Trees are the property of the owner of the land on which they grow. When it’s obvious where the tree is growing ownership can be assessed easily. However, if a tree is growing adjacent to or spanning boundaries ownership detection can be problematic. To find out who owns the tree you need to establish where the boundary line runs and on which side the tree first grew or was planted. Neither of these are easy to find out especially if the tree is mature. Your property deeds will sometimes say if a tree is on your land but otherwise you may have to come to an amicable agreement with your neighbour. Ultimately, if you are willing to take the matter far enough, a Court would decide for you. Another thing to remember is that all trees are owned by somebody. There is no such thing as “no man’s land” – all land and therefore all trees are owned by somebody.
What is a conservation area?
A conservation area is an ‘area of special architectural or historic interest, the character or appearance of which it is desirable to preserve or enhance’ (Section 69 of the Planning (Listed Buildings and Conservation Areas) Act 1990). A conservation area may be the historic centre of a town or village, an older unspoilt residential area, or an important country house in large landscaped grounds. The designation of a conservation area introduces special controls, including the requirement of consent from the Council to demolish any building or part of a building or to carry out works on unprotected trees. These restrictions aim to ensure that the special architectural and historic interest of an area is retained for the benefit of local residents, businesses, visitors and future generations. If your property falls within a conservation area and you have a tree that requires work, you will need to check with your local authority before you carry out any work. With your permission GTF Tree care can do this on your behalf.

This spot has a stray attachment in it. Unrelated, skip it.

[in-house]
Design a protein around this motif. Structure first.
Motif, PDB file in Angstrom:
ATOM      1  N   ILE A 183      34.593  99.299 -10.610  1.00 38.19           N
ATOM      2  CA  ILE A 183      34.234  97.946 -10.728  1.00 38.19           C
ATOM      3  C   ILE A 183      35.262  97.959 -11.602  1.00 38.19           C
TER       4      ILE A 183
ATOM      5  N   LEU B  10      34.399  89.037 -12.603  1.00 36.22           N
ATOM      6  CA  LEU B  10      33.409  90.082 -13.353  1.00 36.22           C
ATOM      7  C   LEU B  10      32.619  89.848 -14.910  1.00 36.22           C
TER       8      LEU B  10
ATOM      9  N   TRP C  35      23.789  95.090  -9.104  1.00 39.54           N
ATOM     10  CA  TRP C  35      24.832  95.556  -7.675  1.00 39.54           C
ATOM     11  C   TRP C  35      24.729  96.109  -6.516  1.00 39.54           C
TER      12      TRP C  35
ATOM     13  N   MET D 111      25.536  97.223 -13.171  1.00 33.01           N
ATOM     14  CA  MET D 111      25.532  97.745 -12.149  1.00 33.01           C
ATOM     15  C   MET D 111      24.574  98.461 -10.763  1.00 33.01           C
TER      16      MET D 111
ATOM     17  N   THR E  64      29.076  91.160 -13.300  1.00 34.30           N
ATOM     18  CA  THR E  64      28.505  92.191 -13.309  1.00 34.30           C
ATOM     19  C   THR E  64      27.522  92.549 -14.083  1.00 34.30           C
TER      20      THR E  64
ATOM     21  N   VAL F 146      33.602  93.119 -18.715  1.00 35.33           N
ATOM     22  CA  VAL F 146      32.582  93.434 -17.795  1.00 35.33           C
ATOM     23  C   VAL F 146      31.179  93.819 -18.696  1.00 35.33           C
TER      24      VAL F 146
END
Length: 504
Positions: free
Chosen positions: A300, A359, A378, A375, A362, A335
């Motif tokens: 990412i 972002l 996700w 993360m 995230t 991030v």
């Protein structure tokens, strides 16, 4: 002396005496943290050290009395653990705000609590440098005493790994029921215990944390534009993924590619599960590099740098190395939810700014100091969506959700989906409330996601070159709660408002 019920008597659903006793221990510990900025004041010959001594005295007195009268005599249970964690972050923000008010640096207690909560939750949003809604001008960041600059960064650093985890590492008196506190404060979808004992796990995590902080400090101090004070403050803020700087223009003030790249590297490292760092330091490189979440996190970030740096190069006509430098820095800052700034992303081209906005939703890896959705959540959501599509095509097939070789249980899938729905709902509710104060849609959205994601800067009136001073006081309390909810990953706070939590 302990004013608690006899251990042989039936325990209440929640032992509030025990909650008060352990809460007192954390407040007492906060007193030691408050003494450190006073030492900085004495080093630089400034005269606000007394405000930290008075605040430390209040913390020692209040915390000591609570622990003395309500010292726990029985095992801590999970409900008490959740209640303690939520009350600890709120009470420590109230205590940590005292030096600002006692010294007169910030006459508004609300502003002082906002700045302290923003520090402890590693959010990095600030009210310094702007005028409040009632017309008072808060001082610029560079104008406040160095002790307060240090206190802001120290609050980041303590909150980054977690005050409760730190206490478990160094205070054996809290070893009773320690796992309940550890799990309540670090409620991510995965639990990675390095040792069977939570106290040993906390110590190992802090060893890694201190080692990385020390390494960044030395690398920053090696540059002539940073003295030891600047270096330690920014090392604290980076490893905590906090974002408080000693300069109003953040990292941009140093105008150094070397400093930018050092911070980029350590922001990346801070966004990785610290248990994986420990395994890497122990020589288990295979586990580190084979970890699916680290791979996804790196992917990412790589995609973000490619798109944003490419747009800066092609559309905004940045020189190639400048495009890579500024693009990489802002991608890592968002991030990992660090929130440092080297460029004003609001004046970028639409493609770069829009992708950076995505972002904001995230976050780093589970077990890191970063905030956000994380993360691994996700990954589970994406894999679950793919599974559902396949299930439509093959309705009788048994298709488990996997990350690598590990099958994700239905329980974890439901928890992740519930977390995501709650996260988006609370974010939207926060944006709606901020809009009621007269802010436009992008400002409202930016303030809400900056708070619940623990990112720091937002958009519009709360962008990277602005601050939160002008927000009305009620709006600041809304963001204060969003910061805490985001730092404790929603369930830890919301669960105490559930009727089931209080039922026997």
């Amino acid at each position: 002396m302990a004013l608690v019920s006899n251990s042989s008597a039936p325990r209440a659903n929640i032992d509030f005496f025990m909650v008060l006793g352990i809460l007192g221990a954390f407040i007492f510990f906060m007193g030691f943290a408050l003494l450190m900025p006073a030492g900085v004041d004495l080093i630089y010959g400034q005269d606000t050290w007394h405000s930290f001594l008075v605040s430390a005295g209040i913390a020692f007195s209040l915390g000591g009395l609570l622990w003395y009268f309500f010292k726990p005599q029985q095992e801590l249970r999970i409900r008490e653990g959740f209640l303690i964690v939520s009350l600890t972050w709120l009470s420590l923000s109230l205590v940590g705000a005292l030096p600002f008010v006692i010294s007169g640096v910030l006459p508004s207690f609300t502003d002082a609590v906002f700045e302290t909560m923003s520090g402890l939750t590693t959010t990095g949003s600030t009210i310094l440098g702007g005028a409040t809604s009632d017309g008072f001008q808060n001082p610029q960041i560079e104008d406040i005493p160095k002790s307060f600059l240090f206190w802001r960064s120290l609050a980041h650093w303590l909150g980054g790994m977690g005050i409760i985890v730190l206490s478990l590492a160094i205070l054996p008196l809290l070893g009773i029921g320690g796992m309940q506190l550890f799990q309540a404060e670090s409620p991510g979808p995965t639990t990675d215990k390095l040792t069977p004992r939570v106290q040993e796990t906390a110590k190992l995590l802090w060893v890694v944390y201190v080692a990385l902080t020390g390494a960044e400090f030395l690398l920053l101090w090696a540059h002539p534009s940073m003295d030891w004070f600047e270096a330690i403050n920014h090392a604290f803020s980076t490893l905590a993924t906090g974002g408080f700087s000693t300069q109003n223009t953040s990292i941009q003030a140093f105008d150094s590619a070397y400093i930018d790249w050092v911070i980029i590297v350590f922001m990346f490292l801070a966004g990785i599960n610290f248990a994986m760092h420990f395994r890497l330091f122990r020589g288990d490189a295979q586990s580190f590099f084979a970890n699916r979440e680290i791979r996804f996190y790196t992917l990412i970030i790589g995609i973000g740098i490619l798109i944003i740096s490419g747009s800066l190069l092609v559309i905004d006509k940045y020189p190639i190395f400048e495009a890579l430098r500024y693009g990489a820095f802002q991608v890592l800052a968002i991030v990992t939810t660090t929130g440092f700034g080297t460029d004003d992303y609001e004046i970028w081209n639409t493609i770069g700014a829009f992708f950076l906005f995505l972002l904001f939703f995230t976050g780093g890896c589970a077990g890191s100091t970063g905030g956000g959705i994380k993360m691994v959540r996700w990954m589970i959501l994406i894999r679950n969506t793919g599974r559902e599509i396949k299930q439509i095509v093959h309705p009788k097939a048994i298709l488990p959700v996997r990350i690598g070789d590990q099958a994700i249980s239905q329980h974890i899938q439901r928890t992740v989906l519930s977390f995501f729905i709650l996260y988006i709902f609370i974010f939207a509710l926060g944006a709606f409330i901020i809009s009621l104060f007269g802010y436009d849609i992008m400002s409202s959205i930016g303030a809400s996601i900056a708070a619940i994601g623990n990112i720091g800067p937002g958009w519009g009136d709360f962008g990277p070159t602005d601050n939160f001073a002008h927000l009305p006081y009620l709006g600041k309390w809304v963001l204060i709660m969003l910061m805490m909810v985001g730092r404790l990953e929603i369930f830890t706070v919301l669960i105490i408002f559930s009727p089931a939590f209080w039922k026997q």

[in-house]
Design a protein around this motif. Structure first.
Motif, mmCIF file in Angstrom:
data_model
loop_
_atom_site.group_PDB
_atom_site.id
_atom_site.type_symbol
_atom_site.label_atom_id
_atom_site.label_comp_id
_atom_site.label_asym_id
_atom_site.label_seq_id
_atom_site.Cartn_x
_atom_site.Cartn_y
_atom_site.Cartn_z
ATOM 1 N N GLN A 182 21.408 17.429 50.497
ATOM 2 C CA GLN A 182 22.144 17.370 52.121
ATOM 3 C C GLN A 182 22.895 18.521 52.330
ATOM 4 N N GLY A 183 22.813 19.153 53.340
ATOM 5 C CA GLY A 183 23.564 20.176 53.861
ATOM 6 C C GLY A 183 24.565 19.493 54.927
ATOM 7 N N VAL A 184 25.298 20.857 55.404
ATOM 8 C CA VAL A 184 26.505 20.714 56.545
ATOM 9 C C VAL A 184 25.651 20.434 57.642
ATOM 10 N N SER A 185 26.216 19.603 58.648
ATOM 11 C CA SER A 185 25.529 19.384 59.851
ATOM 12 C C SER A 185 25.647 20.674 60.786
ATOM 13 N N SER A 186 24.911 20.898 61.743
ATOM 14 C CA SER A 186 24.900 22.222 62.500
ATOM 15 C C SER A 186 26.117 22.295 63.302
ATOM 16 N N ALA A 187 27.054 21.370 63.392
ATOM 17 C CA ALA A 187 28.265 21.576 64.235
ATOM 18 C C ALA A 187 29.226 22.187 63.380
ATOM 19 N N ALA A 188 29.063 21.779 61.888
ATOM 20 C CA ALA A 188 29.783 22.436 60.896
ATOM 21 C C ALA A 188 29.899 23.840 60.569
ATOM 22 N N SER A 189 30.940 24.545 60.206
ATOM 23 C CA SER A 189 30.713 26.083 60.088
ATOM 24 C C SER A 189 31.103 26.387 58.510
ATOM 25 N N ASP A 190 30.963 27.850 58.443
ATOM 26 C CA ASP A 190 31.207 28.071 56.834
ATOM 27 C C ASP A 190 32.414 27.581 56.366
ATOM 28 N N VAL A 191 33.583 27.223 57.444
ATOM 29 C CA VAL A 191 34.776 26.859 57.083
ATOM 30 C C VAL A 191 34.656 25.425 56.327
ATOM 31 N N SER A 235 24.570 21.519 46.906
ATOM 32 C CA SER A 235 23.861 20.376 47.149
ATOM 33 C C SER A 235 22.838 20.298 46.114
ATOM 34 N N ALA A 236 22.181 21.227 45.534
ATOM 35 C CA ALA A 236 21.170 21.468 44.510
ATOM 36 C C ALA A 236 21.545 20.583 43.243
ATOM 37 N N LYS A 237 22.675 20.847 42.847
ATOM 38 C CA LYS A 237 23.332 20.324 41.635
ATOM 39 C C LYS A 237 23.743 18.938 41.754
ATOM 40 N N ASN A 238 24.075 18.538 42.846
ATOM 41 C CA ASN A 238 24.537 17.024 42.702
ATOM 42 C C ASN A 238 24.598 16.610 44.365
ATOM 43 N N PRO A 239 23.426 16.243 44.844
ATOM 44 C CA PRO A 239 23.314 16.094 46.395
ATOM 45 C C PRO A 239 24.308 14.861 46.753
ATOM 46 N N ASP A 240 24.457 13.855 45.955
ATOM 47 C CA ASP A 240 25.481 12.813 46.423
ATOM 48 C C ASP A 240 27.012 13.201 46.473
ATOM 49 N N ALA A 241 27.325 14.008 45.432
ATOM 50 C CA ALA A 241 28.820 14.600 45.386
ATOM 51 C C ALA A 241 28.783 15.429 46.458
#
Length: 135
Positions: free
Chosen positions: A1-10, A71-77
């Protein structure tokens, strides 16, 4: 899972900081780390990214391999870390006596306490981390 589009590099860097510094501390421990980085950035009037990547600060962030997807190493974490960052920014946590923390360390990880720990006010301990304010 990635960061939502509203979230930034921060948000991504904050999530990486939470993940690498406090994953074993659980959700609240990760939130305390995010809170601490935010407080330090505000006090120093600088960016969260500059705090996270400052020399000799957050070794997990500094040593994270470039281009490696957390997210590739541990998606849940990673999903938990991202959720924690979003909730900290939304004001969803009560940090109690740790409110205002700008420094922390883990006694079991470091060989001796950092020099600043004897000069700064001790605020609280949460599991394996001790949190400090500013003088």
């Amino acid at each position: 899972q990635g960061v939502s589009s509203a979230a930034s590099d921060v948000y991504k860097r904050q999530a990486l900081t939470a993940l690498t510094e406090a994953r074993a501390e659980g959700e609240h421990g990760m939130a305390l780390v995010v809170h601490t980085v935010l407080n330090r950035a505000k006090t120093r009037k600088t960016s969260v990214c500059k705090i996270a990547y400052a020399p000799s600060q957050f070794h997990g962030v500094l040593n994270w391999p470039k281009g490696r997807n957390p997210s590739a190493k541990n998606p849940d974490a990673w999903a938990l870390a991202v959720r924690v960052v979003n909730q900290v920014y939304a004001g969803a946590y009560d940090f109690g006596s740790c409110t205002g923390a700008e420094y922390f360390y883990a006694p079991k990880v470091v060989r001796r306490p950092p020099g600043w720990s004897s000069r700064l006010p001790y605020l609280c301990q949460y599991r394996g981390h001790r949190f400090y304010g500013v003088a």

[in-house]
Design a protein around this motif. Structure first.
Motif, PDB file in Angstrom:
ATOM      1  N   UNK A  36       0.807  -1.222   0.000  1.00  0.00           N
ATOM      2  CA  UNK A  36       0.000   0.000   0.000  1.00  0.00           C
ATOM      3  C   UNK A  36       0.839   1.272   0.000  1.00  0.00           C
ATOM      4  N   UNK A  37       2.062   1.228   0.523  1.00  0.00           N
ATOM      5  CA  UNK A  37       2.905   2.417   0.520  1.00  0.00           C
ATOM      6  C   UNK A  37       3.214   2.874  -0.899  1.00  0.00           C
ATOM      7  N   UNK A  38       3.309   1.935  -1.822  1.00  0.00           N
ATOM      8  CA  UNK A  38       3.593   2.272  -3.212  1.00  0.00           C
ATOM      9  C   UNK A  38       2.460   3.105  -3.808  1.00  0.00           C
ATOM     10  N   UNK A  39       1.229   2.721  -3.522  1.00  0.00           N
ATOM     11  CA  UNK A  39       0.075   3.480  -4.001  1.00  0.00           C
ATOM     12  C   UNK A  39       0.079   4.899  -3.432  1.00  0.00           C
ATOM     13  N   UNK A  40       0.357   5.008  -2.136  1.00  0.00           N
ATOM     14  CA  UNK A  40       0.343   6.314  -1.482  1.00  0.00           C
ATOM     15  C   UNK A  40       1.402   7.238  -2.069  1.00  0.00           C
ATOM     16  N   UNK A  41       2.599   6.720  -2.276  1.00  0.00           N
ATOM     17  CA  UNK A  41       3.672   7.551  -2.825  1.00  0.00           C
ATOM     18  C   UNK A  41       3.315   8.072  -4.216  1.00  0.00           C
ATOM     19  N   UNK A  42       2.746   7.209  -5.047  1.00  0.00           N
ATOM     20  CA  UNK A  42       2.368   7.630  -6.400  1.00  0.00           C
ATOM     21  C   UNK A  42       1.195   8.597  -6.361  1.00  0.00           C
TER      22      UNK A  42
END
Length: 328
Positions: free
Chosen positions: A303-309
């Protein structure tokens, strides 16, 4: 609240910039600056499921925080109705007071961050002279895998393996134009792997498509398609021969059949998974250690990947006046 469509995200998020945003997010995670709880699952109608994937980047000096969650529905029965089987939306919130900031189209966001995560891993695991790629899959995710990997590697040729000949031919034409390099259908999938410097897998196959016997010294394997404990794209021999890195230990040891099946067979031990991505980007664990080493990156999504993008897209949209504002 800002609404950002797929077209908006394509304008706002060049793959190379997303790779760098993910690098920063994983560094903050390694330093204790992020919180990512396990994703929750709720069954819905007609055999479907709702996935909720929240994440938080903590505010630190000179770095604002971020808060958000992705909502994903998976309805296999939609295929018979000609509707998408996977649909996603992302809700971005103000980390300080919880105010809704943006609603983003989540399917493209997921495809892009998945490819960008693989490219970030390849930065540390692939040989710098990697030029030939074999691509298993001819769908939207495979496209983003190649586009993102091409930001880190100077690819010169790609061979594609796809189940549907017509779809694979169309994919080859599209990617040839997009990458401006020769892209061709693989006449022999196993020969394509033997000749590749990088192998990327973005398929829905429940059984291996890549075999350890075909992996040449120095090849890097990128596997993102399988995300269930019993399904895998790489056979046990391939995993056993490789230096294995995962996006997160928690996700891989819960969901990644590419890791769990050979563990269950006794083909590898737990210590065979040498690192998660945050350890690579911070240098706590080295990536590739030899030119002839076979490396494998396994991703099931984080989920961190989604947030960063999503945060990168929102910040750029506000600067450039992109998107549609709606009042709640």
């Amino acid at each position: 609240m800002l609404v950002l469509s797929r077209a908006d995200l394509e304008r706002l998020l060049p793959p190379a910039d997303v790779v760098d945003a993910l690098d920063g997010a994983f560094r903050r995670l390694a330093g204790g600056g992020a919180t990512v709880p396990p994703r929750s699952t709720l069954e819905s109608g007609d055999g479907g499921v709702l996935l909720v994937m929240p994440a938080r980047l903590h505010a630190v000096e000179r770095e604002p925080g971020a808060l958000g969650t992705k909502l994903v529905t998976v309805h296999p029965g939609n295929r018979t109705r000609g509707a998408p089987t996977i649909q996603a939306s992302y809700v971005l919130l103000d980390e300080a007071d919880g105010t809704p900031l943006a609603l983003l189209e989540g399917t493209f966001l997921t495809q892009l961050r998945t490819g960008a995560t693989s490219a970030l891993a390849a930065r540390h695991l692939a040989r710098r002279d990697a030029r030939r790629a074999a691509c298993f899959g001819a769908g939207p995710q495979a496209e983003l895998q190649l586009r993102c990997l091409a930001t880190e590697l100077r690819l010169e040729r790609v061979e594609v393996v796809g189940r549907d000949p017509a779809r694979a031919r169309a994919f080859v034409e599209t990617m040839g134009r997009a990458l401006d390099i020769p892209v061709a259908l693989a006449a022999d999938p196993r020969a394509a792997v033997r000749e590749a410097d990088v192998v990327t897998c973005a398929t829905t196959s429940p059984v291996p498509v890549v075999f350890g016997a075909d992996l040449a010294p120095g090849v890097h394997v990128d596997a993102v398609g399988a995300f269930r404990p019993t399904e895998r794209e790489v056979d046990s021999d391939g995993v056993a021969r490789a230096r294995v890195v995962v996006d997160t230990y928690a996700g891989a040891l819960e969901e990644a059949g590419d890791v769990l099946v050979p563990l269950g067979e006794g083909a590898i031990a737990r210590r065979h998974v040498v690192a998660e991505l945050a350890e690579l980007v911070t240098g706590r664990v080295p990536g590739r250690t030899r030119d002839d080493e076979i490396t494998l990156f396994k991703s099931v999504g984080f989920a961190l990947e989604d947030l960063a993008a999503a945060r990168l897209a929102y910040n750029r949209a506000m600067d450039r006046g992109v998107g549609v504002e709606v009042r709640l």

What are the rights regarding trees overhanging your property?
It is not the responsibility of the tree owner to prevent their trees from overhanging an adjacent property. If branches do overhang your property then you have the right to cut off the branch without the owner’s permission ensuring the work is done to arboriculture standards and does not harm the tree. The branches can only be cut back as far as the boundary and you have no right to cross the boundary to do this. This could be classed as trespass. Any branches you cut off, as well as any fruit, remain the property of the tree owner. You should not use or dispose of the pruning’s or fruit without the owner’s permission. To do so could amount to theft or even criminal damage. However, it is not advisable to just throw the material back over the fence, you could be prosecuted for fly tipping with penalties of up to £50,000 and/or 12mth imprisonment. It is advisable to ask the owner if they require the branches back but if they do not then it is your responsibility to dispose of them. Roots which cross a boundary can be dealt with in the same way as branches but much more caution is needed. If the tree dies back or falls over as a result then the owner might have a claim.